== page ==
ALEX COHEN, host:
This is Day to Day. I'm Alex Cohen.
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And I'm Madeleine Brand. Coming up, how to live frugally in a recession. The web offers a few suggestions.
COHEN: But first, a tragic turn in the story of eight Canadian snowmobilers trapped in an avalanche. Seven bodies have been recovered so far in British Columbia. Rescuers met this morning to decide whether to continue their search for the eighth man.
Joining us now from the town of Fernie, which is about 500 miles east of Vancouver, is Corporal Chris Faulkner. He's with the Royal Canadian Mounted Police. And Corporal Faulkner, what is the latest on the search for this last missing snowmobiler?
Corporal CHRIS FAULKNER (Royal Canadian Mounted Police): The search and rescue team were able to make their decision this morning that they believe the area will be safe enough and moved into today. Initially, they'll be doing a flyover by helicopter, and they'll set off a few depth charges to create small avalanches in the area to stabilize the slopes. After that, the rest of the search teams will be brought in, some by helicopter, others by snowmobile, and they'll continue to search in the area where the other seven bodies were recovered yesterday.
COHEN: The families of the victims had been gathered there in Fernie to wait for updates. What's the scene been like there?
Cpl. FAULKNER: Well, one can imagine the despair that all of the families will feel. The loss will be felt for a long time. The community that they're from, approximately 3,800 people. For all of these people, they were a family member, a neighbor, a relative, a co-worker, or perhaps somebody that they just knew from the street. So we have a whole community that's grieving at this time, and their grief will be felt for a long period of time.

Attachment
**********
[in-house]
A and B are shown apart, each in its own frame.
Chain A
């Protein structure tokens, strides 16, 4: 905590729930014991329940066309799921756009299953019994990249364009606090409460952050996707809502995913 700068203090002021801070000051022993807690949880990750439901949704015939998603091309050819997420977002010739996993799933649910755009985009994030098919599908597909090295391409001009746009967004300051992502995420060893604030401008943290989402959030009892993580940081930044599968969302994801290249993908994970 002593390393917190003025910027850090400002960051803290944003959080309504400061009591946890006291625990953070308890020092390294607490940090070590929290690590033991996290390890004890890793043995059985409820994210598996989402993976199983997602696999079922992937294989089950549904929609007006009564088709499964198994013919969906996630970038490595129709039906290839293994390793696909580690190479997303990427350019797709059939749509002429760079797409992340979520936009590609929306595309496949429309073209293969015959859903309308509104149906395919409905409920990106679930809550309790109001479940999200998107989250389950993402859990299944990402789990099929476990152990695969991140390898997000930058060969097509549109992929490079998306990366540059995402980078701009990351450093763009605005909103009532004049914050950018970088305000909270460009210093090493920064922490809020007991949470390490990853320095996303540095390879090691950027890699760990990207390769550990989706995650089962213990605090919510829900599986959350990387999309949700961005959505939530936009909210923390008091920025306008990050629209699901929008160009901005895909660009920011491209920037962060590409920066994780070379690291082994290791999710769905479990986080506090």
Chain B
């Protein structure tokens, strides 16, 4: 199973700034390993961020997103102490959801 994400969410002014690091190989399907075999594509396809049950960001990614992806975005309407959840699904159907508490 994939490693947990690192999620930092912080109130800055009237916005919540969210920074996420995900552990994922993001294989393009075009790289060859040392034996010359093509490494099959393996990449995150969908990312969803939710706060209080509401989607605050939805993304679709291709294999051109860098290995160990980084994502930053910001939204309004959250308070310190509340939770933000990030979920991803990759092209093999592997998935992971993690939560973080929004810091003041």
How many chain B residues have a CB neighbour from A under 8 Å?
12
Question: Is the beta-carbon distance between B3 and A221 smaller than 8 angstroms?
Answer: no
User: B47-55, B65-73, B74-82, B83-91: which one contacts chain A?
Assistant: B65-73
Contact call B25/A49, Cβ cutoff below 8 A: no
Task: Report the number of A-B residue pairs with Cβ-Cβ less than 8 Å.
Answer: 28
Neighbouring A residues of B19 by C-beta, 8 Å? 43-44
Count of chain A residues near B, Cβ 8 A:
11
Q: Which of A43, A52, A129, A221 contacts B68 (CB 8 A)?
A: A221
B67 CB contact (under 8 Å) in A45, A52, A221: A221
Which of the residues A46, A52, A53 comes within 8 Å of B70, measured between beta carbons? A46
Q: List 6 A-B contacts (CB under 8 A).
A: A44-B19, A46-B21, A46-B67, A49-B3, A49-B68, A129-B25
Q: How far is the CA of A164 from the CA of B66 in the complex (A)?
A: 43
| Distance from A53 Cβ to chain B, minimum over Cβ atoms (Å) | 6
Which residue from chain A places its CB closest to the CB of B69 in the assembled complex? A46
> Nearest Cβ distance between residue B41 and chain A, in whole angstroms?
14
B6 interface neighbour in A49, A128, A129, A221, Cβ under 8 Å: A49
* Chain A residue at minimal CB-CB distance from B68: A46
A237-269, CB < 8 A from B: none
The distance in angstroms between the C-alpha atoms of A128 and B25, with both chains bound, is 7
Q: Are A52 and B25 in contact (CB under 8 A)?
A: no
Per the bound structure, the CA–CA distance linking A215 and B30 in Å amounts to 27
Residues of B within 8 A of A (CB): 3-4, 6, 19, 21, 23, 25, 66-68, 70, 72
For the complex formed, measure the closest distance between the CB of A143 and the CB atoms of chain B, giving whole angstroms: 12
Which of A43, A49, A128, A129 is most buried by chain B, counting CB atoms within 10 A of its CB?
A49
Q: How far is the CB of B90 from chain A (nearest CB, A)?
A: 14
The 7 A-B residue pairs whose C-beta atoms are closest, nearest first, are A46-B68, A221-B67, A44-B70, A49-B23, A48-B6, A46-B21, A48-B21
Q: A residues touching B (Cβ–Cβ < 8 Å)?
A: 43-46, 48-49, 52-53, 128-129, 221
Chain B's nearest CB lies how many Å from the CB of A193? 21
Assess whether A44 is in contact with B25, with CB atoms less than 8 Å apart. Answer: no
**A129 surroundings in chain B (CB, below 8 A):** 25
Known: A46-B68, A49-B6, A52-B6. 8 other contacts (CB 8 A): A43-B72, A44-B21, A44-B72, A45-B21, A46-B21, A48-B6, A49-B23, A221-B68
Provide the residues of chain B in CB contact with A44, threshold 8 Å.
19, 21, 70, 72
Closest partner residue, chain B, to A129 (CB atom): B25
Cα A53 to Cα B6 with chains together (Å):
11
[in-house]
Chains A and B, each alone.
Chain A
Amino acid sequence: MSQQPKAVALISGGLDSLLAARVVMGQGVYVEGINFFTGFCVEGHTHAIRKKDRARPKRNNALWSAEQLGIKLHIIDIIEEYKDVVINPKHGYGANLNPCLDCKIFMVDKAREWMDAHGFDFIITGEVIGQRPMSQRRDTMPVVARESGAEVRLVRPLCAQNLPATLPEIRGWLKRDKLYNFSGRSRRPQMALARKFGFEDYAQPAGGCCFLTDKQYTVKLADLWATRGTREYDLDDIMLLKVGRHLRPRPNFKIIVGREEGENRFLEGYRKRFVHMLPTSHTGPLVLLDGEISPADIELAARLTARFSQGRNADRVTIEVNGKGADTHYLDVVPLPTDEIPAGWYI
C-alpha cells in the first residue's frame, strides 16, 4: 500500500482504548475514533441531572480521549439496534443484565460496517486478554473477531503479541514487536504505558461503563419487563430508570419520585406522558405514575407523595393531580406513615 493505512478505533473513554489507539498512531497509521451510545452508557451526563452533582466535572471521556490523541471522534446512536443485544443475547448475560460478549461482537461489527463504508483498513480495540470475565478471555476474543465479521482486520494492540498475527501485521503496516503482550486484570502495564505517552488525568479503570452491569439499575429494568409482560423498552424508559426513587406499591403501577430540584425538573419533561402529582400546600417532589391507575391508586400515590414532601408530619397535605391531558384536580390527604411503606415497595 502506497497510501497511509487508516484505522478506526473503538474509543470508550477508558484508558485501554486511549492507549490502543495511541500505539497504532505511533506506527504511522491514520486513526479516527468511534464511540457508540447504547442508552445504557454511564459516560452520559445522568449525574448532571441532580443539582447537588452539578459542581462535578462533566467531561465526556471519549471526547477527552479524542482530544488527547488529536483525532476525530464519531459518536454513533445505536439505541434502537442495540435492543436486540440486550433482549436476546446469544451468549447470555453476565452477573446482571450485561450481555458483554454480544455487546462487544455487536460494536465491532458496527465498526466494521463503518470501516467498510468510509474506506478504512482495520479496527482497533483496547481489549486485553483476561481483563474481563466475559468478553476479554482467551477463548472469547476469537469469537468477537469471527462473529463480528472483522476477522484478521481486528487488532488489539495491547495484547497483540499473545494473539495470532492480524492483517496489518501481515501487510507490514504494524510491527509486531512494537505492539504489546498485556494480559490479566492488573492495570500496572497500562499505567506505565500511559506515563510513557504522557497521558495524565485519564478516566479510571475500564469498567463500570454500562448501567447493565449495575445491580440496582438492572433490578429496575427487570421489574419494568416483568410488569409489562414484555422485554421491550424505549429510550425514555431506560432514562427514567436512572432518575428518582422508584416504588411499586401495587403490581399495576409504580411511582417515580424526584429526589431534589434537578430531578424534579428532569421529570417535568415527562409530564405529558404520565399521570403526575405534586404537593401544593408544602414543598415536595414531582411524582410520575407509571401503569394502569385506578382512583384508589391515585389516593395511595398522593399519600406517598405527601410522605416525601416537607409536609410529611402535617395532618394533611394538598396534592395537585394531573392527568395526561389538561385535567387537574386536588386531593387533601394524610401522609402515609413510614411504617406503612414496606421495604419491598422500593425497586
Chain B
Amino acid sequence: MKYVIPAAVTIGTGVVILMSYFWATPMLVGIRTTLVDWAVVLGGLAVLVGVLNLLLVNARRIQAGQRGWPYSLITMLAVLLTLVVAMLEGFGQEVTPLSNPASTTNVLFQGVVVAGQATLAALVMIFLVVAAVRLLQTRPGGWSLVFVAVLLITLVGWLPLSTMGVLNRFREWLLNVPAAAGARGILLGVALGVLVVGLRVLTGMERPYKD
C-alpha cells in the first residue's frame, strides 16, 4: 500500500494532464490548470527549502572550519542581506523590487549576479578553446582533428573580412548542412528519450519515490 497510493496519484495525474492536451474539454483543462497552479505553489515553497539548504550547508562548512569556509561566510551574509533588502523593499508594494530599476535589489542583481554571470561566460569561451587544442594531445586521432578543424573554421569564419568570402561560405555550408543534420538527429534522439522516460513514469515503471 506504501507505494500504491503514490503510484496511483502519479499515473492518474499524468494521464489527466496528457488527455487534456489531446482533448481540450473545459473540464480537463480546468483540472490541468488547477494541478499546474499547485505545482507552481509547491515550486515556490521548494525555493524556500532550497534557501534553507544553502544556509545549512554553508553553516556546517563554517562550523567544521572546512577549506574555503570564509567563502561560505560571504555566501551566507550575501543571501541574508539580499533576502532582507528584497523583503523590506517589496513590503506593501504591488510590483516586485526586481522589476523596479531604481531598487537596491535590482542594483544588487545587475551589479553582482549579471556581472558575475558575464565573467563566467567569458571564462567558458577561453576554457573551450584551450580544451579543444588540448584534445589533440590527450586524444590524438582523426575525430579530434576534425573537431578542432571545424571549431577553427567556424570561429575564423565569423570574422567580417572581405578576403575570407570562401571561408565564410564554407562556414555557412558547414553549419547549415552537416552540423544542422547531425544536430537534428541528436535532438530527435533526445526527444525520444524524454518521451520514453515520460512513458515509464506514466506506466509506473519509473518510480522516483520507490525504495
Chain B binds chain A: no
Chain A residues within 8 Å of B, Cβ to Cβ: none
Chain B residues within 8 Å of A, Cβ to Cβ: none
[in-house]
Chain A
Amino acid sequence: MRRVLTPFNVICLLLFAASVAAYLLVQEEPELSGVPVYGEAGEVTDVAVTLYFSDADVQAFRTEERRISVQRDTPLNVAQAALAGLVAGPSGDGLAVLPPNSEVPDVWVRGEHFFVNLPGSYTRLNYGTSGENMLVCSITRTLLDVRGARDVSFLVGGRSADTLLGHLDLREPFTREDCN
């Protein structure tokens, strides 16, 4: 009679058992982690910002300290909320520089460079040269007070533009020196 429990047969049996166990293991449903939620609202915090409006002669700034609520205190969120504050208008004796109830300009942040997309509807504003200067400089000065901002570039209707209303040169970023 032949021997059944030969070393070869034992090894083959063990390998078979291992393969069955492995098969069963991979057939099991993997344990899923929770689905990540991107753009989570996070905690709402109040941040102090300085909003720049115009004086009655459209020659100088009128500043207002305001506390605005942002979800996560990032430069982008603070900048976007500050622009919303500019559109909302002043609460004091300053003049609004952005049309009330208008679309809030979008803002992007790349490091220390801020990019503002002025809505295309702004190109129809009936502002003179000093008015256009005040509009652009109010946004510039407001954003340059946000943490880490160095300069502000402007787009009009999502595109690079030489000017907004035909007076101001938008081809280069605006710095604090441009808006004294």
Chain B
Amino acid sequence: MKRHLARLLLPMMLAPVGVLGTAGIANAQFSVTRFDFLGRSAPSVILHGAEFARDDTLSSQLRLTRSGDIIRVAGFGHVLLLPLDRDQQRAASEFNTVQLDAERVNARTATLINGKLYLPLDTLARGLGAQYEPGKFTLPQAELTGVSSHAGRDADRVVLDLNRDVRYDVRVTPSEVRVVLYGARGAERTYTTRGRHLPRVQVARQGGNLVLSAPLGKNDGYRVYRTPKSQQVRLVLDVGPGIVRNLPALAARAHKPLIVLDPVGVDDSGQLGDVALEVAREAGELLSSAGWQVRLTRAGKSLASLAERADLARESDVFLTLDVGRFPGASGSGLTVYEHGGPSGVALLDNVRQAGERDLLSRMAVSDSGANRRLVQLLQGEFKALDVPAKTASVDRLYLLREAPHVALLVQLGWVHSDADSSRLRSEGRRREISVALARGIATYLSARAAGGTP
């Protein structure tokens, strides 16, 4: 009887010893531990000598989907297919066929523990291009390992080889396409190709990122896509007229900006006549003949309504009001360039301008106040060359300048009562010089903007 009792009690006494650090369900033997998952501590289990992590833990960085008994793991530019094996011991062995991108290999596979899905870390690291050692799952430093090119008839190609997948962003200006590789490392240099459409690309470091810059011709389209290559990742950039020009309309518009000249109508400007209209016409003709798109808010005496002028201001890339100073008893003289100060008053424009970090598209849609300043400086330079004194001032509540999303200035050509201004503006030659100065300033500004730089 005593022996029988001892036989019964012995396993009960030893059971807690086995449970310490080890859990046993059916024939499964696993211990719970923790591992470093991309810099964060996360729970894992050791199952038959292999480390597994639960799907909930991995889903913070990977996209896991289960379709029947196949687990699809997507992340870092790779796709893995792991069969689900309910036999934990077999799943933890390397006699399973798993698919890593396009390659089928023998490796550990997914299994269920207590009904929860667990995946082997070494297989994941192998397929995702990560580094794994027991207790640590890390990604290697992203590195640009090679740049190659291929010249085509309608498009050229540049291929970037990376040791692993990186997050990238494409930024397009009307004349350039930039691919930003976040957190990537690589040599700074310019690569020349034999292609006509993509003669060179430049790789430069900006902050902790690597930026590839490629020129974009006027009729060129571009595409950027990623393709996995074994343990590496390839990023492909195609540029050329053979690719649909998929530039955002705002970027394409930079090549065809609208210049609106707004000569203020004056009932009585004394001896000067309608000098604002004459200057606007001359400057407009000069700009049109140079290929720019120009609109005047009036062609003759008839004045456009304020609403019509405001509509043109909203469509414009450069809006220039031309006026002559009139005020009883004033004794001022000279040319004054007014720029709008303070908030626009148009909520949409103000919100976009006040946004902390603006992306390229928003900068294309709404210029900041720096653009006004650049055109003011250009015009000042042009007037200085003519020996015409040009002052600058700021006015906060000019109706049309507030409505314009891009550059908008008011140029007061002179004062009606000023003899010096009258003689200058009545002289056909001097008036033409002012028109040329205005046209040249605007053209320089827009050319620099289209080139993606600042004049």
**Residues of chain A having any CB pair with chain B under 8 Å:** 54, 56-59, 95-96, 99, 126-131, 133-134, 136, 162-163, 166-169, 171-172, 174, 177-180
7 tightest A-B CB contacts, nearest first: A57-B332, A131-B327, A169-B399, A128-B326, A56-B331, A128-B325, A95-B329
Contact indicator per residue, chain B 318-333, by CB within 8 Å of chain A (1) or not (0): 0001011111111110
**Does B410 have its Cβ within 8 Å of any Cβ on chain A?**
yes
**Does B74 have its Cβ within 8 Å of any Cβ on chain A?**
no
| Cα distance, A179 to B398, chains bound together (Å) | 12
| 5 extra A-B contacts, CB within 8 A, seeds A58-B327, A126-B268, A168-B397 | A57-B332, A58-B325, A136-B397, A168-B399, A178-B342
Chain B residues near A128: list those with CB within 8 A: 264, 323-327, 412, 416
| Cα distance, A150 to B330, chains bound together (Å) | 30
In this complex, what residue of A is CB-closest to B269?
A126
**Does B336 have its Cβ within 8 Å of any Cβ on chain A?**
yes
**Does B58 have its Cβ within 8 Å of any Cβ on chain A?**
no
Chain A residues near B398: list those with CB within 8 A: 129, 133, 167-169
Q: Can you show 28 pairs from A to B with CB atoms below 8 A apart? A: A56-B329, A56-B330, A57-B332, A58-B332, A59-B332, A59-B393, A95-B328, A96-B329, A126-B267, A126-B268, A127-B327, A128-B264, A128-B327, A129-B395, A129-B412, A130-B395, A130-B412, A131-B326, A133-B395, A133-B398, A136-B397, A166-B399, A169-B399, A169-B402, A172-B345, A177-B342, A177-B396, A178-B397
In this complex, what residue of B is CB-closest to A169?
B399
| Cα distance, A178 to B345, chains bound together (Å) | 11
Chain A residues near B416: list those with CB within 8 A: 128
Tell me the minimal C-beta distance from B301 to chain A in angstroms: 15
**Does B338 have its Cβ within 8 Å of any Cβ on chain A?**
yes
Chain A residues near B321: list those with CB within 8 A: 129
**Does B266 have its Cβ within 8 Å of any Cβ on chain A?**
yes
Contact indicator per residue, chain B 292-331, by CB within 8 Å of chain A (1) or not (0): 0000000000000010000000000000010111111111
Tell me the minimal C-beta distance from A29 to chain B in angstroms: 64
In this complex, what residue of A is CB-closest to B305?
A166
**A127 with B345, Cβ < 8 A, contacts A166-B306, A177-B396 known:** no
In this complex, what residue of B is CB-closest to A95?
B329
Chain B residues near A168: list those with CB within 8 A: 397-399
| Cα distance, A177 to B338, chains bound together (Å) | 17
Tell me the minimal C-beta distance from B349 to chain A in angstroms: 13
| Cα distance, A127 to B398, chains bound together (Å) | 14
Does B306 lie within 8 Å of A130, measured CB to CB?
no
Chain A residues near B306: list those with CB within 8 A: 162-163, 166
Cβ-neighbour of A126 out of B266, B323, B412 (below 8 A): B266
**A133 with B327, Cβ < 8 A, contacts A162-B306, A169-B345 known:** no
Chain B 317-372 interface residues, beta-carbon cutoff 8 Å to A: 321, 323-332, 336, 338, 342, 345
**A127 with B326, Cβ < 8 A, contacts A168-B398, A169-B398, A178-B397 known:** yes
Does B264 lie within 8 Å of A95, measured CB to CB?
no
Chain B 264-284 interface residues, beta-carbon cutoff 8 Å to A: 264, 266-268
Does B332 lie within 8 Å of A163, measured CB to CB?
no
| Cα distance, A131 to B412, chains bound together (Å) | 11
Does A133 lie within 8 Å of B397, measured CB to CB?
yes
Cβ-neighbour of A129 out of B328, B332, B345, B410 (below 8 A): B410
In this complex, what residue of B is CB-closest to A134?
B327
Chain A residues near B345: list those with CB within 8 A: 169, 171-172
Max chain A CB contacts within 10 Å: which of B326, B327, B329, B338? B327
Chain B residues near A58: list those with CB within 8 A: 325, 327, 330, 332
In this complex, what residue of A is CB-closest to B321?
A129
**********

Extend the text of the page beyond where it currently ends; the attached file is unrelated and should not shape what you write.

COHEN: These men were missing on Sunday. It's now Tuesday. How much longer do you think you might continue to search for this last man?
Cpl. FAULKNER: Well, that will depend on the snow and weather conditions. Definitely the search and rescue team want to bring out the eighth body. But if the situation worsens, the last thing anybody would want is to have further casualties in that area. So, the matter is assessed by the search and rescue team probably on an hourly basis as they're in there.
COHEN: As I understand, there were several avalanche warnings issued prior to these men going out. Was it a wise decision for them to go out in those conditions? Do you feel they were adequately prepared?
Cpl. FAULKNER: My information was that the day prior to this was that the avalanche risk was deemed to be moderate. The problem with the area that we're in, in the Rocky Mountain trenches, the weather and snow conditions can change dramatically, you know, in a very short period of time. So overnight on Saturday into Sunday morning, that may well have been the case here. I don't know what information the snowmobilers actually had as they headed out. We may never know the answer, the complete answer to that.
COHEN: Corporal Chris Faulkner of the Royal Canadian Mounted Police, thank you and best of luck.
Cpl. FAULKNER: Yes, thank you.
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